BibViz - Biblical Contradictions

Hi,

New to these forums. I’m a Catholic, currently going through Confirmation process. I’m in my mid 30s. If I had to describe myself, I’d say I’m the kind of believer who values proof, clarity and intellectual apologetics. I wasn’t attracted to Christ in the hope of salvation, I believe because I think something very special happened in Judea, circa AD 20-30. In short, I genuinely believe what we are told.

I’ve decided to sign up because although I enjoy watching videos detailing the differences within scholarly opinion, (theist and atheist), I don’t have enough time to sit for hours and hours working my way through a never ending source of material, in the hope of obtaining more clarity on certain issues.

I’m sure some of you are aware of a site that claims to document over 60,000 alleged Biblical contradictions. I’ll be honest, this does concern me - because I stated earlier - I prefer the firm hand of consistency and intellectuality, over the lonesome emotion of hope and ‘possibility’.

When navigating through the site, you can either click on the impressive, (though confusing looking) arc diagram for instances of ‘Biblical contradiction’, or scroll further down to simply click on each hyperlink headline. I’m not going to keep coming back with every single example of Biblical inconsistency lol, however is there a site that details and thoroughly answers these inconsistencies?

I’d also like to ask: how does the Bible deal with the ‘scientific’ concept of genetic traits?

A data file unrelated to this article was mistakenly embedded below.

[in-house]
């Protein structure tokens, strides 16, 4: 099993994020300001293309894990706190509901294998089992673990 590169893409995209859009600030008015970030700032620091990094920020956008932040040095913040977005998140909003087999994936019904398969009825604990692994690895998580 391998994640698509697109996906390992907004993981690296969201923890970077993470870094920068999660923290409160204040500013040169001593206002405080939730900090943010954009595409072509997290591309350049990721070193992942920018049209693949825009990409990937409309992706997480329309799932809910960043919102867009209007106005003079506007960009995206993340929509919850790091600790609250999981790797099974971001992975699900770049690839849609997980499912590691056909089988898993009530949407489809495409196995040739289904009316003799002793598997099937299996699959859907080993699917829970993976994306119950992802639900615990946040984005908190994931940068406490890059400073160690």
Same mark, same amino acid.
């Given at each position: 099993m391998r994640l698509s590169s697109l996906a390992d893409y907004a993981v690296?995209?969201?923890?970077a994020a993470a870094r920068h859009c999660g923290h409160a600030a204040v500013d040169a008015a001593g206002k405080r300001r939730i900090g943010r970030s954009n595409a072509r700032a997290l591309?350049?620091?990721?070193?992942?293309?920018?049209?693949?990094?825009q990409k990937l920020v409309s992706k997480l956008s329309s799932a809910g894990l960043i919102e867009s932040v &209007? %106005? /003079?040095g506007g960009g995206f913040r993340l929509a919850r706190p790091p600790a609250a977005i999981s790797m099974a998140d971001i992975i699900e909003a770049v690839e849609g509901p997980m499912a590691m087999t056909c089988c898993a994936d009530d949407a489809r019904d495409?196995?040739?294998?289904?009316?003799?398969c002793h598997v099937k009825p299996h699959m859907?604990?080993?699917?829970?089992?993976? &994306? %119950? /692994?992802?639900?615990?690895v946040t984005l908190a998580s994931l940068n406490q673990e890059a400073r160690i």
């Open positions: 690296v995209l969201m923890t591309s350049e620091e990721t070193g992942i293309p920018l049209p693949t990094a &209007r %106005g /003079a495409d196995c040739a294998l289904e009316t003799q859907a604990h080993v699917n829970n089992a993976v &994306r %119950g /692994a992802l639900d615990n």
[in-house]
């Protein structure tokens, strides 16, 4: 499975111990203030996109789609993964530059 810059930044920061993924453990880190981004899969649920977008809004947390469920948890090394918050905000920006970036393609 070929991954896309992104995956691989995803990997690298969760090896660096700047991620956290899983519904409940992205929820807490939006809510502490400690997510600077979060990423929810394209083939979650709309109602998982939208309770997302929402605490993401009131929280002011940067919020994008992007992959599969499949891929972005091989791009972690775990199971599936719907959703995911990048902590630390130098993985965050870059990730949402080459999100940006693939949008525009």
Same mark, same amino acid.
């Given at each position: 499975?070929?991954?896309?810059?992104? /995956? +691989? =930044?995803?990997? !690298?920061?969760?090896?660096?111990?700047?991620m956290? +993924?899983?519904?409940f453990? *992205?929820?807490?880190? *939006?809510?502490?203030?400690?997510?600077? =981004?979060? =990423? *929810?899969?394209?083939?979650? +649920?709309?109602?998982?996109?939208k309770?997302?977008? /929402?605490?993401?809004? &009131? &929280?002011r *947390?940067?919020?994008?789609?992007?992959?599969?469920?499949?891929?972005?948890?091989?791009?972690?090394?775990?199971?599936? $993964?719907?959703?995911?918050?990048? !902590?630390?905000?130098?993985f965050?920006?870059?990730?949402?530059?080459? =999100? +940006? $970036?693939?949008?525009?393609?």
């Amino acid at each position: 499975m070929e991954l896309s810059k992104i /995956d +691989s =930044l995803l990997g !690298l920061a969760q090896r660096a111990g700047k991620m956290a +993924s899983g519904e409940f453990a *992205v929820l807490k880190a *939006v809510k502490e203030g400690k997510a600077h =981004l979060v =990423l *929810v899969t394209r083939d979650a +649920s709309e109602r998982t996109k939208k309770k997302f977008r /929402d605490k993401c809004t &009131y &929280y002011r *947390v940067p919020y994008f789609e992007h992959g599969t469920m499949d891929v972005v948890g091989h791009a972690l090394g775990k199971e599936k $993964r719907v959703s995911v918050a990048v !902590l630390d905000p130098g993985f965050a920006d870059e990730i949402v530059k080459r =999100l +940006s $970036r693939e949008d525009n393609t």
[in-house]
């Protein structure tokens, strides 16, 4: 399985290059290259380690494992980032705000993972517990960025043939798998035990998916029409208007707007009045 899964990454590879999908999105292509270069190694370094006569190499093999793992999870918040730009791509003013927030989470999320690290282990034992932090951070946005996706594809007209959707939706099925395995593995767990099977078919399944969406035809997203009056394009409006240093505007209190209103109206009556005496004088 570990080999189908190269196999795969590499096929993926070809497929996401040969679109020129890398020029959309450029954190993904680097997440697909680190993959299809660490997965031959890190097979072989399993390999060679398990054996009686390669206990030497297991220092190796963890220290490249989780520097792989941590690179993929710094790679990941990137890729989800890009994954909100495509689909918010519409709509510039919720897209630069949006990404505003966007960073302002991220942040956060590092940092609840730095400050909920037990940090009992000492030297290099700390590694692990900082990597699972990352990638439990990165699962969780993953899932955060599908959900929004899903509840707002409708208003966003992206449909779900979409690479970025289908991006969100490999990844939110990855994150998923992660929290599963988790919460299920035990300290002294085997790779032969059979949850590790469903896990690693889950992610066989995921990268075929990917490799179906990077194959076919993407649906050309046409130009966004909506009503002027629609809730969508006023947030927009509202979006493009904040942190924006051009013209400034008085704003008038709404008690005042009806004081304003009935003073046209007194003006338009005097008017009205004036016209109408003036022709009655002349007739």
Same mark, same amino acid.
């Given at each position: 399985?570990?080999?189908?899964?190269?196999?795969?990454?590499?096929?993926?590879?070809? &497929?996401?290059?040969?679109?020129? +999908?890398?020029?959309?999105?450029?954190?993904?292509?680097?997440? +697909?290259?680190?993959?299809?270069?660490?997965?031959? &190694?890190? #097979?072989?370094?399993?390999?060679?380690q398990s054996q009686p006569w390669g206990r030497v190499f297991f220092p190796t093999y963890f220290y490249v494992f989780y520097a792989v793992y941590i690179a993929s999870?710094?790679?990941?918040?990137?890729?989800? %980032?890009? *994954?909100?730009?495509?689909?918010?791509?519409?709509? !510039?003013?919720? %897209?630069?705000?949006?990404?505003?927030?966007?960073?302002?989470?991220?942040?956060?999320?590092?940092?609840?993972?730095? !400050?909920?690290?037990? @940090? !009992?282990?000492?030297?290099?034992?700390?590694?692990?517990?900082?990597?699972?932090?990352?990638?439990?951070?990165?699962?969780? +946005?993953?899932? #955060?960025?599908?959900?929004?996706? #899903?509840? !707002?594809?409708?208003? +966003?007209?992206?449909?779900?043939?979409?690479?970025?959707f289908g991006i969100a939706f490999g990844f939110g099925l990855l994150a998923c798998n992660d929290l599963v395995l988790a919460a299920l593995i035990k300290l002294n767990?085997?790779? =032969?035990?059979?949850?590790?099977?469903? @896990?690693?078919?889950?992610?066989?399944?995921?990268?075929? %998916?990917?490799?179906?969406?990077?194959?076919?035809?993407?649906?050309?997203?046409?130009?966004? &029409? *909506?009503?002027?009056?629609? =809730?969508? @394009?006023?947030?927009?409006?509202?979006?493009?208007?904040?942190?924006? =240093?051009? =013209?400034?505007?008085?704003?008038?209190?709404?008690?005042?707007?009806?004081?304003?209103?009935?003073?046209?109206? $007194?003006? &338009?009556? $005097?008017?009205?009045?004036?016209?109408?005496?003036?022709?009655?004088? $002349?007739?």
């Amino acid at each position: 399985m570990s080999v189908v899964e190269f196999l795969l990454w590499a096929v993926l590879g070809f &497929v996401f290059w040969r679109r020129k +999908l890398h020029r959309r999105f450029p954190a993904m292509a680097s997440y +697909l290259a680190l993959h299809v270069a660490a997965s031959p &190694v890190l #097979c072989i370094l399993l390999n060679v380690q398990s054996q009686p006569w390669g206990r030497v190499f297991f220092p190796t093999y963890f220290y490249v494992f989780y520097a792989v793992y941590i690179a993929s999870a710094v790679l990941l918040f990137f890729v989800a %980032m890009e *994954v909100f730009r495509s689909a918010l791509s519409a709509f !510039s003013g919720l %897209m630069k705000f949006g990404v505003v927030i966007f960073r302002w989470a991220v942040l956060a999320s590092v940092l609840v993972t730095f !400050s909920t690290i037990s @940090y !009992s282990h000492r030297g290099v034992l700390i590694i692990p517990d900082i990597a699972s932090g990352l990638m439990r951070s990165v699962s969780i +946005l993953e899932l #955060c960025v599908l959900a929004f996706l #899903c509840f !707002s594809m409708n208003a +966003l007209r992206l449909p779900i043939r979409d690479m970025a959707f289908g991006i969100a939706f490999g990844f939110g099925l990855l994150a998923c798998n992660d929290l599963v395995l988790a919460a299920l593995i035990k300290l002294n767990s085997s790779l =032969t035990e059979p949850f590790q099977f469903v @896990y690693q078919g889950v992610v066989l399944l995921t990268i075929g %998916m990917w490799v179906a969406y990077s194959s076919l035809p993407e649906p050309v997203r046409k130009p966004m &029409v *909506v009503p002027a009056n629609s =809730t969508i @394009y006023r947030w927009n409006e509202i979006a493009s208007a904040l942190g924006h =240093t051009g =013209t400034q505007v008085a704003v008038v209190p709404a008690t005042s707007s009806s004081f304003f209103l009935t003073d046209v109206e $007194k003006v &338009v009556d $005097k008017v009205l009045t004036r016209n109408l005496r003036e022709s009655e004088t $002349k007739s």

For example: ‘You have your mothers sense of humour, and your dad’s bluntness’.

Thanks :slight_smile:

Syrtis16
is there a site that details and thoroughly answers these inconsistencies?

The reality concerning the Sacred Scriptures is that Vatican Ecumenical Council II teaches what Scripture scholar Fr John Echert affirms.
Answer by Fr. John Echert on 20/12/2007 (EWTN):
“**The Church formally teaches that the Sacred Scriptures are absolutely without error. **This teaching is not arrived at inductively – namely, that a careful study of the entire Bible has revealed no discrepancies or difficulties – but follows from the fact that God is the ultimate Author of the Bible and falsehood is incompatible with Truth Itself. **As taught by the Second Vatican Council: The inspired books teach the truth. “Since therefore all that the inspired authors or sacred writers affirm should be regarded as affirmed by the Holy Spirit, we must acknowledge that the books of Scripture firmly, faithfully, and without error teach the truth which God, for the sake of our salvation, wished to see confided to the Sacred Scriptures.” **[My emphasis].

Re a literal interpretation see rtforum.org/lt/lt59.html
[Fr Brian Harrison refers to *The Dogmatic Constitution on Divine Revelation (Dei Verbum) of Vatican II, 1963-5].
‘The true sense of Dei Verbum, 11, then, is not that the guarantee of inerrancy covers those propositions which a biblical author affirms (or teaches) as opposed to those which he merely “states,” i.e., with less force or deliberation, but still as an expression of his own judgment. Rather, it covers those propositions he affirms (or teaches) as opposed to those which he merely “uses materially,” i.e., those in which what appears on paper, taken in isolation, or in its most superficially literal sense, does not express his own judgment in any way.